- Even when it's not open enrollment, you can sign up for Medicaid, the Children's Health Insurance Program (CHIP) or other low-income health insurance options.
What other benefits and policies should you consider during open enrollment?
When applying for health insurance, it’s a good time to consider other types of insurance that may be useful to you.
- Dental: Some marketplace health insurance policies will include dental care for adults, and many will include dental care for children. You can also purchase a separate dental insurance policy through the marketplace or directly from an insurance company.
- Vision: Vision insurance is not available through the marketplace, but you can purchase policies directly from an insurance company. Vision discount programs are another way you can save on vision care.
- Life: Generally, experts say you should carry five to 10 times your annual salary in term life insurance. But we recommend adding up your total debts and your family's future financial needs to calculate how much life insurance you need.
- FSA or HSA savings account: Depending on the type of health insurance plan you choose, you may be able to enroll in a health savings account (HSA) or flexible spending account (FSA). These savings accounts let you put away pretax money that you can use for medical needs such as copayments for doctor visits, deductibles, medications and even dental and vision care.
- Employer programs like commuter benefits: Open enrollment may also be when you need to sign up for any benefits programs through your workplace such as commuter discounts, wellness programs or child care programs.
Choosing your 2023 health insurance plan
If you don't know where to start, our guide to choosing the right health insurance plan breaks down the coverage and cost considerations to help you select the best plan for your health care needs.
Frequently asked questions
When is open enrollment for health insurance in 2023?
In most states, the enrollment period for 2023 health insurance plans is from November 1, 2022, through January 15, 2023. There is also a monthly special enrollment period for those who have low incomes, making it easier to get coverage throughout the year. Those who get health insurance through their jobs should check with their employers to find out the open enrollment dates.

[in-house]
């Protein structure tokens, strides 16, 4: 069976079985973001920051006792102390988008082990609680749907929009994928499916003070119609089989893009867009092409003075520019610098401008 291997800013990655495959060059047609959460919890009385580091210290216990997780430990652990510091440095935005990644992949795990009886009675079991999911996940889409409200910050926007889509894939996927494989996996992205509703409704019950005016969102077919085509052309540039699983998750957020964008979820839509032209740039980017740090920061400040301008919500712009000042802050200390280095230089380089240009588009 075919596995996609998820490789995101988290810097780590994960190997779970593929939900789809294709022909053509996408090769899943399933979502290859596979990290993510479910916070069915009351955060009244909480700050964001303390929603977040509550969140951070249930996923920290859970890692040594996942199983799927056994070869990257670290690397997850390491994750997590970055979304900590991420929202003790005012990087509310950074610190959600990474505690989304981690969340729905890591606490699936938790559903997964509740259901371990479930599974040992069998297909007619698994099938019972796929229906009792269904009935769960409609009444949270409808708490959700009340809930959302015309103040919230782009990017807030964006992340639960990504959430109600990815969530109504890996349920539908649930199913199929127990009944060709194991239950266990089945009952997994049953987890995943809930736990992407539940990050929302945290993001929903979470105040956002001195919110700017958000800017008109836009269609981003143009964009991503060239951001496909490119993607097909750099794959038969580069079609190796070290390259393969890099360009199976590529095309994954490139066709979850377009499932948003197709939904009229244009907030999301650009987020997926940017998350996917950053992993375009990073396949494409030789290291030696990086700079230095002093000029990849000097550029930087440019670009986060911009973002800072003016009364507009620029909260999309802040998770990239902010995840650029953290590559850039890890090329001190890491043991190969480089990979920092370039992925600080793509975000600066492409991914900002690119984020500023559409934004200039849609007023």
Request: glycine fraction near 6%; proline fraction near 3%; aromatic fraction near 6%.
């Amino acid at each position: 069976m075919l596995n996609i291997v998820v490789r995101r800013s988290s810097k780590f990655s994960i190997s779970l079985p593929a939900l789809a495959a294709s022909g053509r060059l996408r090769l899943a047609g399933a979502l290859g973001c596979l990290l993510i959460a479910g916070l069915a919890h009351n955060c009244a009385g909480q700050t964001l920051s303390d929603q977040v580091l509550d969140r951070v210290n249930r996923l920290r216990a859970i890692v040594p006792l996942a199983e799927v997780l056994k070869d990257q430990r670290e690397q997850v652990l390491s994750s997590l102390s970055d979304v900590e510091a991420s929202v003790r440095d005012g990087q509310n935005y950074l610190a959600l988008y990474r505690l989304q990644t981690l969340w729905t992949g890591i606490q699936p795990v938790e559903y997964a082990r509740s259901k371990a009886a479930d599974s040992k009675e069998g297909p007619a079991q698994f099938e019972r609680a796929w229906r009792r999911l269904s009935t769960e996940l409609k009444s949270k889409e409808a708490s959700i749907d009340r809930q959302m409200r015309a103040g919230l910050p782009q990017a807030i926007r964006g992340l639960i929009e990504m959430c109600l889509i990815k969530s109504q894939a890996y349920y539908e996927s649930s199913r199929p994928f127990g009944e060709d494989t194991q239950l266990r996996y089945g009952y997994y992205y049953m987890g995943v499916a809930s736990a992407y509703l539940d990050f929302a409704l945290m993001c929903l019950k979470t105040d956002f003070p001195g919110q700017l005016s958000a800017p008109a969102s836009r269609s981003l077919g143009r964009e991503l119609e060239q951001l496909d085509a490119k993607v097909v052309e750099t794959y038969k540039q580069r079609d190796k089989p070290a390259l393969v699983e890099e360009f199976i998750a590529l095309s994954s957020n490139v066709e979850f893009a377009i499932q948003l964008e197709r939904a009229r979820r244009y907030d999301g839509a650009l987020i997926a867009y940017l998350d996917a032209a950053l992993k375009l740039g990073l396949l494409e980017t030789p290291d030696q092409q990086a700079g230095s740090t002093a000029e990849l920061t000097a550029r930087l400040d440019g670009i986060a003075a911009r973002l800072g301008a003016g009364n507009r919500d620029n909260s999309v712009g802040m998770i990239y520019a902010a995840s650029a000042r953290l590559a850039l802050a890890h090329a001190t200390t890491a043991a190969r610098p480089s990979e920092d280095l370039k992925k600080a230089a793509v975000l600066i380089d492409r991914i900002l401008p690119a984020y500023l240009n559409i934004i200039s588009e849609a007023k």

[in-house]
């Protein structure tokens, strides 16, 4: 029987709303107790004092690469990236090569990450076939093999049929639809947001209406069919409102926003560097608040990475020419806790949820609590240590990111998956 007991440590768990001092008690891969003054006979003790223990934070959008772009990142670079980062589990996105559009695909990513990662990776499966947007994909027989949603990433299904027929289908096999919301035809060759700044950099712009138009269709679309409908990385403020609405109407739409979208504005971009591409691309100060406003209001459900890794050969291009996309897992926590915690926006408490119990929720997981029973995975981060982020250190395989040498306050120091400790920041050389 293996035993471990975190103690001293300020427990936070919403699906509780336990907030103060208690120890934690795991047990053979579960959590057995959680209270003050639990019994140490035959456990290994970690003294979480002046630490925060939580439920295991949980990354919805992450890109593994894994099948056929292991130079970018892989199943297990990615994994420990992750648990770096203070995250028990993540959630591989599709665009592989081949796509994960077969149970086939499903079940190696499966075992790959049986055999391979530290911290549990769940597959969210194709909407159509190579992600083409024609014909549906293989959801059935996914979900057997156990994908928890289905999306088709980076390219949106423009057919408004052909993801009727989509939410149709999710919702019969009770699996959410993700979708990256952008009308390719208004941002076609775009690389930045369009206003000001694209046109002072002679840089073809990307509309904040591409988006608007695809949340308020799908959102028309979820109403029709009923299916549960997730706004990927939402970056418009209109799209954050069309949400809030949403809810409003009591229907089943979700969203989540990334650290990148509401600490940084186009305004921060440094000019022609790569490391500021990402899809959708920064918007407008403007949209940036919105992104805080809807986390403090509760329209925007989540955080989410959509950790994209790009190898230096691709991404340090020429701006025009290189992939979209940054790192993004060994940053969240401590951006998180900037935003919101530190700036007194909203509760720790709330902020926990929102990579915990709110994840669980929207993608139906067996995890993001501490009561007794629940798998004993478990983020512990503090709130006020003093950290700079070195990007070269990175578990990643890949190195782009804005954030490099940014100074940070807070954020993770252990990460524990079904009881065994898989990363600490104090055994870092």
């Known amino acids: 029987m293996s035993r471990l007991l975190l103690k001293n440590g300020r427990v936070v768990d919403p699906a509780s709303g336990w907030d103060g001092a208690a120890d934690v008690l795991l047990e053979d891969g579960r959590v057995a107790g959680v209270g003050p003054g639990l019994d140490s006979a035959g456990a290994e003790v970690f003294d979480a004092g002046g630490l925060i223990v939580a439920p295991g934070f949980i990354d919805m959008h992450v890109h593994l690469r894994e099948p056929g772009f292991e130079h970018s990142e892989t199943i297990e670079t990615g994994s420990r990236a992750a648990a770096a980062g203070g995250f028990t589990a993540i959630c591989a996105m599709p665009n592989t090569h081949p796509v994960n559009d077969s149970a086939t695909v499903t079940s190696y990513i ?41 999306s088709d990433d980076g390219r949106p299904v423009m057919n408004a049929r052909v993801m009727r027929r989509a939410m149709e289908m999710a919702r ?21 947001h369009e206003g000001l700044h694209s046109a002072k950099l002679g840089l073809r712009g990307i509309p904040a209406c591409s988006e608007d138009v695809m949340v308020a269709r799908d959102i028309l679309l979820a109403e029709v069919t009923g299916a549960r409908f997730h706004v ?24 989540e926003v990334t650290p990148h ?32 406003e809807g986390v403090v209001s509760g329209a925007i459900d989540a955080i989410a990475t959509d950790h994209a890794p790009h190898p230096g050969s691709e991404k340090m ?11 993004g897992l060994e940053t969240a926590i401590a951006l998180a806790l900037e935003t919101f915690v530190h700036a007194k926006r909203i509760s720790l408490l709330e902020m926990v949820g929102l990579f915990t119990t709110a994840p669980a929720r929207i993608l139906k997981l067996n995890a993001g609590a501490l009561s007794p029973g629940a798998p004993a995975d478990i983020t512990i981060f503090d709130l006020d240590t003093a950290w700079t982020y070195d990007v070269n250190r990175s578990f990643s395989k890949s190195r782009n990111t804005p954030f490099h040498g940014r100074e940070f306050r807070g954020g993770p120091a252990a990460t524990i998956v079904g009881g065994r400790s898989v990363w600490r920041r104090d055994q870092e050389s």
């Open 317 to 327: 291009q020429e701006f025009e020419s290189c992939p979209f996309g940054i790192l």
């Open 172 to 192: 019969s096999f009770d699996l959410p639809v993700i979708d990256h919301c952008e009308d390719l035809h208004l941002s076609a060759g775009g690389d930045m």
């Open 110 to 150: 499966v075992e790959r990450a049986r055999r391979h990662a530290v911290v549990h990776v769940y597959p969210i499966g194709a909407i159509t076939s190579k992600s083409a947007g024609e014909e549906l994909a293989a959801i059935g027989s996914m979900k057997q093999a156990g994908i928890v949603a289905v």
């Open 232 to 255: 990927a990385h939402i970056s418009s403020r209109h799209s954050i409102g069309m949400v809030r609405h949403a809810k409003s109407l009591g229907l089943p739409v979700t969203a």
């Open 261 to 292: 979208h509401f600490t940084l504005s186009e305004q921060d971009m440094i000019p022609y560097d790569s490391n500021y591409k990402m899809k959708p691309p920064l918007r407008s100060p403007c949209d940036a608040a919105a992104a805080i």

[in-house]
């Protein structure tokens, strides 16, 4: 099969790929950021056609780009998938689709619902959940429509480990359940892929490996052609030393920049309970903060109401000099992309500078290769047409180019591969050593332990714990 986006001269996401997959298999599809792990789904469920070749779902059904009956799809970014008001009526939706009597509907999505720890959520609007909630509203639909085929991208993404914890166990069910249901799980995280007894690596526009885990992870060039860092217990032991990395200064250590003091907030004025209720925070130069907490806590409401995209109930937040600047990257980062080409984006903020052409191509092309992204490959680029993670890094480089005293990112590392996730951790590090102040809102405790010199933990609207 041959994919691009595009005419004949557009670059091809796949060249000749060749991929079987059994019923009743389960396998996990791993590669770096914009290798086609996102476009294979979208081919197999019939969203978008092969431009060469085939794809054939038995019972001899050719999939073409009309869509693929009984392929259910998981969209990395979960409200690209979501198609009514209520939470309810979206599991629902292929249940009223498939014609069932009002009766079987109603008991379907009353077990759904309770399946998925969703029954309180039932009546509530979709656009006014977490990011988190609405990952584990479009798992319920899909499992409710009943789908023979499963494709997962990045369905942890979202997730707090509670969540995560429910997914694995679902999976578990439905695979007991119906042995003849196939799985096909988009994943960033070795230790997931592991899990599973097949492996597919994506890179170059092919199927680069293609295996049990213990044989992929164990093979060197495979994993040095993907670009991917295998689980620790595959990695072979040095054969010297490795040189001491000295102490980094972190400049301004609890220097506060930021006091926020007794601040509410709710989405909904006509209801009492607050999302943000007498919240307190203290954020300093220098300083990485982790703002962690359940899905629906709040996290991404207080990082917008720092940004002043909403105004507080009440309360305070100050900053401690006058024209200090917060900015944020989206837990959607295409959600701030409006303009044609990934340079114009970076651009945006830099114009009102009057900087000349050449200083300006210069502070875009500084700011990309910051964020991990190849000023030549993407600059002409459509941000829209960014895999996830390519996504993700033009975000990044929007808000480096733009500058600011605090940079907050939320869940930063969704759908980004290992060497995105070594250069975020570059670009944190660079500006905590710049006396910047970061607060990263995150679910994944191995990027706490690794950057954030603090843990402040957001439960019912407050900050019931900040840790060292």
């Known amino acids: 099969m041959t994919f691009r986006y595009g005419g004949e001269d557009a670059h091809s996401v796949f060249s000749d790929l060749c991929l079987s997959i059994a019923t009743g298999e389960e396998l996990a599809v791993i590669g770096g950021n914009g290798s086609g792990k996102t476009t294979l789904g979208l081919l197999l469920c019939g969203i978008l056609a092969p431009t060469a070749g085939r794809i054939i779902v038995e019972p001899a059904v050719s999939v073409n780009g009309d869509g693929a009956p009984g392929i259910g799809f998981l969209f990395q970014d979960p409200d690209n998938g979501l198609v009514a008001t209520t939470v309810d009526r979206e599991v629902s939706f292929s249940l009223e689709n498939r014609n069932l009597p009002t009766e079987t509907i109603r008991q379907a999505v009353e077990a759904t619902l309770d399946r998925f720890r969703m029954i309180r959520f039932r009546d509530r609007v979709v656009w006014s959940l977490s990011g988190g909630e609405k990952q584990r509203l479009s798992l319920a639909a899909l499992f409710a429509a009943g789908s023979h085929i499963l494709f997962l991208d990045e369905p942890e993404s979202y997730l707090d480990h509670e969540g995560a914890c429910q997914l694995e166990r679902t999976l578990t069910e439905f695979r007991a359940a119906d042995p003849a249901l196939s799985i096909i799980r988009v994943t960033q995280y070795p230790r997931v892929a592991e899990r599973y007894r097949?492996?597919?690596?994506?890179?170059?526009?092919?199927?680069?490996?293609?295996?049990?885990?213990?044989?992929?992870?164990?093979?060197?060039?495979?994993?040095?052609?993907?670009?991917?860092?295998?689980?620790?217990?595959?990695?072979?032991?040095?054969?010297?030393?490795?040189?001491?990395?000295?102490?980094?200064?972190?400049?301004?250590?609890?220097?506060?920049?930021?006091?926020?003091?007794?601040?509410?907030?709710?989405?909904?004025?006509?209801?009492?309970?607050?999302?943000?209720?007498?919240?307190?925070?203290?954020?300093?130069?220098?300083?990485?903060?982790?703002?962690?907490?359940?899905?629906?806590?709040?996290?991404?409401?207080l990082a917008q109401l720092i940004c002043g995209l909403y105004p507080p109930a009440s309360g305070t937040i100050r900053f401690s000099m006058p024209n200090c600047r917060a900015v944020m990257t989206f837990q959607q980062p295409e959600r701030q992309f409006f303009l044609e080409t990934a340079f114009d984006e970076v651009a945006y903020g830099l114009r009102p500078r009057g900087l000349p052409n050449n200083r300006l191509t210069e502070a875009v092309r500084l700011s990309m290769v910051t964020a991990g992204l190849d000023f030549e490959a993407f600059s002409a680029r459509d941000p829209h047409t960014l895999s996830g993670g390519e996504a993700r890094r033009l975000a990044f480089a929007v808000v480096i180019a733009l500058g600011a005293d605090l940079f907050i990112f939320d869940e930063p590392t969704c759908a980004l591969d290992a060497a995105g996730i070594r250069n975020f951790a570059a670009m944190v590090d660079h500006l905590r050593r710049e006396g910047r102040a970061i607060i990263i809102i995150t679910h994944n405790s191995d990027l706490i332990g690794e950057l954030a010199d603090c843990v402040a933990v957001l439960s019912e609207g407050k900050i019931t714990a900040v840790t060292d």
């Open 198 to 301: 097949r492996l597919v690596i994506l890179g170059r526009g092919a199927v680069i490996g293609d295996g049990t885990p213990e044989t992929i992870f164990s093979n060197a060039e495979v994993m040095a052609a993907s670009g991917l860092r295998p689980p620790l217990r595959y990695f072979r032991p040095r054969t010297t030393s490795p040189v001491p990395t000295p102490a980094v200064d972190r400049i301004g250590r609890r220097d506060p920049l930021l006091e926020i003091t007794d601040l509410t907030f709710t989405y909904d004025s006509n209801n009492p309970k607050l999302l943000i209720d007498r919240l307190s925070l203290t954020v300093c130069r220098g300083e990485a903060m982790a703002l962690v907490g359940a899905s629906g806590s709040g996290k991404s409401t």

How do you get health insurance after open enrollment?
After open enrollment, you can enroll in insurance through the Health Insurance Marketplace if you have a qualifying life event such as moving or losing insurance coverage. There are also special enrollment periods each month for those who are low income. Programs like Medicaid or the Children's Health Insurance Program (CHIP) are available any time during the year.
What does Obamacare open enrollment mean?
Open enrollment is the time when you can sign up for health insurance on the Health Insurance Marketplace. This was established with the Affordable Care Act (also called Obamacare) as a standardized timeline to enroll in health insurance in the fall for a policy that covers the next calendar year.
What's the deadline for HealthCare.gov or Obamacare?
In most states, the deadline to sign up is December 15 if you want your coverage to begin on January 1. If you sign up between December 16 and January 15, your insurance policy begins on February 1.
Sources and methodology
Open enrollment dates and regulations are based on information from HealthCare.gov and state insurance bureaus. Plans costs and coverage is based on public use files from Centers for Medicare & Medicaid Services (CMS).